Since you have the two Polks right now, personally, I'd opt for the two channel system and use that for your video system also (if desired) until you've managed to put together a complete high quality stereo system. That will, IMO, be more satisfying than buying lesser quality components but buying more of everything as would be the necessity in a surround system. Put your monetary resources to their best effect and focus on getting two channel right before you think about adding more channels which are only relevant to video. If you're like most people interested in high quality music playback, you'll only play music on two channels and leave the others for movies.

Regarding how much power you'll need, that is an unanswerable question from afar. The type of music you prefer will influence the need for watts as will the desire for higher volume levels in a larger room.

I have moderately easy to drive speakers and I can get by with conversational level volumes using a five watt T amp or even my two watt tube amp. I also have a pair of forty watt tube amps which will take the volume levels somewhat higher. But not that much higher, power is a very expensive way to gain volume. Every time you double the power input to the speakers, you'll only gain an additional 3dB of peak headroom. Your baseline (average) levels will not change, just the peaks will remain cleaner. Therefore, going from five watts to ten watts or one hundred watts to two hundred watts will always equal that same 3dB increase in peak limits. With your Polks, I would say you could easily survive on a five to ten watt amp and twenty five to fifty would be sensible as any more would be wasteful. If you can't play loud enough with a high quality amp outputting twenty five to fifty watts, you're going to need to spend lots more on an amplifier to make very minimal gains. At that point it makes more sense to buy speakers which make more from each watt. The Polks are simply limited in their trade off of bass extension vs box size vs loudness potential.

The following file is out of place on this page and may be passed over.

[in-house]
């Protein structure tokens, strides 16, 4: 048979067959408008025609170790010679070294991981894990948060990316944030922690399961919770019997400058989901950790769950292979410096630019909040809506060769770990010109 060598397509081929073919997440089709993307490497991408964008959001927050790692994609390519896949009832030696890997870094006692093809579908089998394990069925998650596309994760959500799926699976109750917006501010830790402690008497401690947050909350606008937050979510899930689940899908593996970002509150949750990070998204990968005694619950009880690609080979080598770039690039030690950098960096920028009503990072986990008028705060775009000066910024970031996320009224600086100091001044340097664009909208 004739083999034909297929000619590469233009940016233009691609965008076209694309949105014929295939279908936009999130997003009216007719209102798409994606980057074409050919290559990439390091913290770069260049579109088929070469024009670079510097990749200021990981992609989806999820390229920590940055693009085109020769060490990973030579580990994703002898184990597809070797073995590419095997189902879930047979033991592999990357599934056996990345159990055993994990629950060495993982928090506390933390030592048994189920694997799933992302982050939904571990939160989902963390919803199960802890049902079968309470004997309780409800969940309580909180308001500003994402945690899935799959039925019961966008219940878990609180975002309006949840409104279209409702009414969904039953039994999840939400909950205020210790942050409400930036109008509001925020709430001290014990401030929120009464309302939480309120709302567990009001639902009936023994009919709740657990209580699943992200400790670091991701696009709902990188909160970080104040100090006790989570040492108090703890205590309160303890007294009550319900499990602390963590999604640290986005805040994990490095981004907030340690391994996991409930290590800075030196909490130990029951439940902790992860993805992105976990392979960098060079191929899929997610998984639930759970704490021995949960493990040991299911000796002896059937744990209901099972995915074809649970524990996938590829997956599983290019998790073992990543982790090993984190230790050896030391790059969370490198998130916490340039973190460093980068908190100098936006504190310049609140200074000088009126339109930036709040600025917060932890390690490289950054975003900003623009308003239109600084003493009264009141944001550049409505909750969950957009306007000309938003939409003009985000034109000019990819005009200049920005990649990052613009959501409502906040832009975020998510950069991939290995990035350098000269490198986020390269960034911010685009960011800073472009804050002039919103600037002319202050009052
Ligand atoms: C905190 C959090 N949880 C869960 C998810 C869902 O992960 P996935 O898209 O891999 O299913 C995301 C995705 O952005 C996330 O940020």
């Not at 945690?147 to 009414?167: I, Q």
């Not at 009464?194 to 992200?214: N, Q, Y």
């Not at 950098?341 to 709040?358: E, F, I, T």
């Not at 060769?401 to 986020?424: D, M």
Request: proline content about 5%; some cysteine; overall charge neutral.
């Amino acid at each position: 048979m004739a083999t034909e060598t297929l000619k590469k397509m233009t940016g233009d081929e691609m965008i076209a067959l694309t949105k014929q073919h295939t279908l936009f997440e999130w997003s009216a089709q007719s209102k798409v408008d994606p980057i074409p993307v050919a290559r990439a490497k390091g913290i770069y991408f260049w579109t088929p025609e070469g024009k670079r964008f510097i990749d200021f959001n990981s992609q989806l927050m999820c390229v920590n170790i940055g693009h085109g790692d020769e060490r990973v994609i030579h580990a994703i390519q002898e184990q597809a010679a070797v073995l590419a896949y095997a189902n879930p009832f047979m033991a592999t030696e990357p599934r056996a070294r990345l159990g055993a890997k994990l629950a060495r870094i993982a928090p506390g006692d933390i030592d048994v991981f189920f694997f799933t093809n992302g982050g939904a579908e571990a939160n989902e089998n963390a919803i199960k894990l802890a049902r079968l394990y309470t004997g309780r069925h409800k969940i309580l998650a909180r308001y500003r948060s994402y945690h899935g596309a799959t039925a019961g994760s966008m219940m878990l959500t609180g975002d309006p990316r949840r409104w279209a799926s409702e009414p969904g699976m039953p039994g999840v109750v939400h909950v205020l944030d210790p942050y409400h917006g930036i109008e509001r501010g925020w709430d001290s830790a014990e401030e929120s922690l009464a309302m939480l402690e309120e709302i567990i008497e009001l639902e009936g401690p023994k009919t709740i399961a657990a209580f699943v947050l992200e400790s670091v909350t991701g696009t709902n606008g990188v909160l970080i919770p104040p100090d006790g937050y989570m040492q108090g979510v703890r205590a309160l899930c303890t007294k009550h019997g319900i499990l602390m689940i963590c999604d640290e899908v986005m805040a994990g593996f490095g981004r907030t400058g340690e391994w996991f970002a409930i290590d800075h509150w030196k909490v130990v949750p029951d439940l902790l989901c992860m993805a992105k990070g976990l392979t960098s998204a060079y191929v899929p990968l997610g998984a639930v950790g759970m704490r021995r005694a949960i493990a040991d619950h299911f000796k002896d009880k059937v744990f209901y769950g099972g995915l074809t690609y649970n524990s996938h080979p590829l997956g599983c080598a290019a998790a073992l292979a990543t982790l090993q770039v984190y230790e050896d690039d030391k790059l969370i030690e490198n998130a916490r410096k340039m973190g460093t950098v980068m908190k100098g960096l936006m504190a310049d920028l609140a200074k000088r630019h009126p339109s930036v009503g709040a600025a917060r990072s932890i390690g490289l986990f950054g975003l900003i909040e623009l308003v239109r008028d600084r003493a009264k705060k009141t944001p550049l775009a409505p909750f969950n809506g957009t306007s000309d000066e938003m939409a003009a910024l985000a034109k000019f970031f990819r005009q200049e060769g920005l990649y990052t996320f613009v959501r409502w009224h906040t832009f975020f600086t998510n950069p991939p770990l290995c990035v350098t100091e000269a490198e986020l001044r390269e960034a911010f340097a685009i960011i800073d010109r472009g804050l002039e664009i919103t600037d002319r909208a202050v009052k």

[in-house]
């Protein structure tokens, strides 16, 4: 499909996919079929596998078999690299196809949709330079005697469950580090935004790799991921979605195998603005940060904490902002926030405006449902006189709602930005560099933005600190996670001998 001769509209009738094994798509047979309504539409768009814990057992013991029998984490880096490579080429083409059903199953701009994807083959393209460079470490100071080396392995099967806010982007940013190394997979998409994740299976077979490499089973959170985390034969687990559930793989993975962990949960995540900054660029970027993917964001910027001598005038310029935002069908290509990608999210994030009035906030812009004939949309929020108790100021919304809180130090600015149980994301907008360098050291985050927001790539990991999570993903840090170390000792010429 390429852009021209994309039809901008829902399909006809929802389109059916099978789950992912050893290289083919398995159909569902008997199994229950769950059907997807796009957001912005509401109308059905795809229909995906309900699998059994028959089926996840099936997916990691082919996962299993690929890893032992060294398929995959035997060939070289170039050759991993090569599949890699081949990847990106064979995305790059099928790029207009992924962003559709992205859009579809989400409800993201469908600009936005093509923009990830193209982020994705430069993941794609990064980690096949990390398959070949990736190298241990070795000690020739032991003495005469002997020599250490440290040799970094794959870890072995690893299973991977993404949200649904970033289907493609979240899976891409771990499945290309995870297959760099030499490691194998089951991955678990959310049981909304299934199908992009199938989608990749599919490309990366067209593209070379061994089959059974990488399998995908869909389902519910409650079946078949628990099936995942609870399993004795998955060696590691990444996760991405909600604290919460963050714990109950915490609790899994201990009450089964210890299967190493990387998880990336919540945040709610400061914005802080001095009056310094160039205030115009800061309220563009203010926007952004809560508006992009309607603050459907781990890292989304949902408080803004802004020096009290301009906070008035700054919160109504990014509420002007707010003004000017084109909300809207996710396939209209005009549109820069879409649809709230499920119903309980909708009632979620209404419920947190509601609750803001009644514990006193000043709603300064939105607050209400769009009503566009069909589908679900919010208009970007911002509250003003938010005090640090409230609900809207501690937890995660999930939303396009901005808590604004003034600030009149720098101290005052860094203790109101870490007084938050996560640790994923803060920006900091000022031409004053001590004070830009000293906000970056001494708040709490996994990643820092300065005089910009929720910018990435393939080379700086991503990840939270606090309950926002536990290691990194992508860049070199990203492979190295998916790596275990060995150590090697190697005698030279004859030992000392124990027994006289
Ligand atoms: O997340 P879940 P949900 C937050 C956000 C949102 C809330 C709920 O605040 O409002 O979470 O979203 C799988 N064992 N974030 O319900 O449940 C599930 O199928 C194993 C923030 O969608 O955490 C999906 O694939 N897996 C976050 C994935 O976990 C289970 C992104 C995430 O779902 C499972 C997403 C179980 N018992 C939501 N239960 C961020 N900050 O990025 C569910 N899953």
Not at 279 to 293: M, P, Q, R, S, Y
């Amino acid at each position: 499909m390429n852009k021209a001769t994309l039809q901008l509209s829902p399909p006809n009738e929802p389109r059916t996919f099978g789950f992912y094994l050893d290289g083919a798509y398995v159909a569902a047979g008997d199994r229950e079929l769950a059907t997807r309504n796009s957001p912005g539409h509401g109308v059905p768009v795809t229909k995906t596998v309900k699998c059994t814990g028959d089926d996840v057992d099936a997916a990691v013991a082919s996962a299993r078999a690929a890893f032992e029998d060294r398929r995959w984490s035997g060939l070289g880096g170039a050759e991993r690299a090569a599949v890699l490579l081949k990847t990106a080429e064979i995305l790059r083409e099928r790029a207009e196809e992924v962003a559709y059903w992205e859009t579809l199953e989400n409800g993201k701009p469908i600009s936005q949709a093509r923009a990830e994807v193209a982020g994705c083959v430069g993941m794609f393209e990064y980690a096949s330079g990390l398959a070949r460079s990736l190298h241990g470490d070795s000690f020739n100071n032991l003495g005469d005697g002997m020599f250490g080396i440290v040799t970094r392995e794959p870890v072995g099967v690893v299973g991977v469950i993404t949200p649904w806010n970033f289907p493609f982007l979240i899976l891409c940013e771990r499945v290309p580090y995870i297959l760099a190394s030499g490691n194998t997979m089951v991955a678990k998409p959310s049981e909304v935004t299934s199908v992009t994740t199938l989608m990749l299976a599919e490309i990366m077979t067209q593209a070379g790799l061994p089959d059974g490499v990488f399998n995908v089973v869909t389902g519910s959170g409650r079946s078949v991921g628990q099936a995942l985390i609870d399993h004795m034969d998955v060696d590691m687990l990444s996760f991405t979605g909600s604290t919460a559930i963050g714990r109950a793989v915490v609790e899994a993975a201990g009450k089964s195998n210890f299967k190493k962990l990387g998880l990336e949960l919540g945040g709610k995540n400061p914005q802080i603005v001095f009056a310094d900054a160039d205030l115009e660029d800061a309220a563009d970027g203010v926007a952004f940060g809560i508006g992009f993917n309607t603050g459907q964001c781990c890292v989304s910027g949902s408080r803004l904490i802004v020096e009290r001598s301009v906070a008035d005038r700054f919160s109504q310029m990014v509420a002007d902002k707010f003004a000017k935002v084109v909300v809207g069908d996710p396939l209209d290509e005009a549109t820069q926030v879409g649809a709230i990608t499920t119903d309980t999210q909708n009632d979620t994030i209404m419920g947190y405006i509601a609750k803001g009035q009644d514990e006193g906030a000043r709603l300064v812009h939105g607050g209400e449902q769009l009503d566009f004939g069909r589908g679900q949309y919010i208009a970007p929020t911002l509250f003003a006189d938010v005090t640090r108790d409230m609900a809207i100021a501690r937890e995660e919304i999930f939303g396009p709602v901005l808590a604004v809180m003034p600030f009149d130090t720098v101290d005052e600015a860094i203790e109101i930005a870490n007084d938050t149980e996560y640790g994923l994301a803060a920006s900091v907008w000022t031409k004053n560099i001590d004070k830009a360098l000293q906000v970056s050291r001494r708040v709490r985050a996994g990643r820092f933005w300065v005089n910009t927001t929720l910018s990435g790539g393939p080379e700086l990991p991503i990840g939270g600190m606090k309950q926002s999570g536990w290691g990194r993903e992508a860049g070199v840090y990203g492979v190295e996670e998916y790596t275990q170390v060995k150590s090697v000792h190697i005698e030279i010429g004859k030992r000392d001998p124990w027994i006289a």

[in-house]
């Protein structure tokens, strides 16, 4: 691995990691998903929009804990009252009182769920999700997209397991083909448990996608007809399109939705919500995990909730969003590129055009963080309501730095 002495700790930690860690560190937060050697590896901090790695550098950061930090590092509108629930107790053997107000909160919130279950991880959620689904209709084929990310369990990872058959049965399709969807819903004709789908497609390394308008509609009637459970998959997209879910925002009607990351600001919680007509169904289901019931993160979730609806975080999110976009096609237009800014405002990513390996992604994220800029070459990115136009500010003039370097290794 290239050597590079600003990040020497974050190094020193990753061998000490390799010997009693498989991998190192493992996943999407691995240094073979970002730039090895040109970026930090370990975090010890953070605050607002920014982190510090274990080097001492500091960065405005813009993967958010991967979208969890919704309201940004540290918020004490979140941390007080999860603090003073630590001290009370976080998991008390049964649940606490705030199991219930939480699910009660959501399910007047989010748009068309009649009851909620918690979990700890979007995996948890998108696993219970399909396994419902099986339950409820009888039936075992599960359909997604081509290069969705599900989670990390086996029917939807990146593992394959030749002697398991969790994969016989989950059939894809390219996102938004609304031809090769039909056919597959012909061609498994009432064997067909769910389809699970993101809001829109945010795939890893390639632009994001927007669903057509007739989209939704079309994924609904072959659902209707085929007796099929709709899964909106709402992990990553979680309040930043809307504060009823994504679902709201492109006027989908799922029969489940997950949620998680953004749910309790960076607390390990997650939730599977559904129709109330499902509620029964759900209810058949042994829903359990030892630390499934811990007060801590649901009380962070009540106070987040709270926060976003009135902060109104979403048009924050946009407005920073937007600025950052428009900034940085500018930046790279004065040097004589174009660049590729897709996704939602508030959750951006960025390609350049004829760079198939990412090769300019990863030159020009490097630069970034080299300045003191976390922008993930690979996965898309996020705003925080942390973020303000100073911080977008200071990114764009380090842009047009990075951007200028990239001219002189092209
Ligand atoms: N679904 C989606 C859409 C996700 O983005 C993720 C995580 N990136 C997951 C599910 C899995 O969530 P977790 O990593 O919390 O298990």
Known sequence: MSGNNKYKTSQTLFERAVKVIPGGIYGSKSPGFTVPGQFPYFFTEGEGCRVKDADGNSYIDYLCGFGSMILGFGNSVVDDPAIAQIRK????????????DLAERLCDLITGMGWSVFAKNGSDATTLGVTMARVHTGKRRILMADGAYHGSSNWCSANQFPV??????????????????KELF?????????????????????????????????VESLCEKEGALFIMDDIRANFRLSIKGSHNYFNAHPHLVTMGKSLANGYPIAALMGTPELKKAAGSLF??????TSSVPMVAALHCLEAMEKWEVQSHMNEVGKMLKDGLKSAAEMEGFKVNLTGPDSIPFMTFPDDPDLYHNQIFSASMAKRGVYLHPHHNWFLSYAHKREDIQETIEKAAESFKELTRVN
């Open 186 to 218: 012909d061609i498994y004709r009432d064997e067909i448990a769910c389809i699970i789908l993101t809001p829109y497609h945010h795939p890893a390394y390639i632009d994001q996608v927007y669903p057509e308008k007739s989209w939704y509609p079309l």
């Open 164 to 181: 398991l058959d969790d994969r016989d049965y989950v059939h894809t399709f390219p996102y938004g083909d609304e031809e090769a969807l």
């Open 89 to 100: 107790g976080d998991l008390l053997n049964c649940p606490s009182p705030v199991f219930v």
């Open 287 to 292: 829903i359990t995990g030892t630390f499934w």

Platinum Member
Username: Jan_b_vigne

Dallas, TX

Post Number: 17474
Registered: May-04

Check these sites for more information; Audio Advisor, Elusive Disc, Music Direct, Needle Doctor and Acoustic Sounds. If you want to explore (mostly) pre-owned gear, try Audiogon.

Also, check the archives of the forum for valuable threads;


New member
Username: Aaronyc

Post Number: 2
Registered: Oct-12
Wow, thank you so much for taking the time to give such a thorough response! I really appreciate it. It's going to take me awhile to process everything you wrote.

The turntable has a Grado XC cartridge. It's used, but not sure just how much it's been used. From what I've read people seem to like Ortofon MM-type cartridges on this Dual TT, I guess that's what it came with originally. However, I haven't had much luck finding an Ortofon 20 (not sure if that's the exact designation). Do you have any suggestions on how to get my hands on one of these cartridges and/or have suggestions for others that would be a good match? I'm willing to spend about $100-150, but would like to spend much less if it's possible to find something the still sounds good.

I like the idea of going the integrated amp route. If I do this, can I still connect my TV through the integrated amp? After just a brief search I found this Marantz PM5004. Is this one you'd recommend? Also, if I understand correctly, the integrated amps are more likely to have a phono input? If that is the case, do I still run my TT through the pre amp?

I am definitely going to follow your advice in regards to budget cables and floor mount the speakers (for now at least).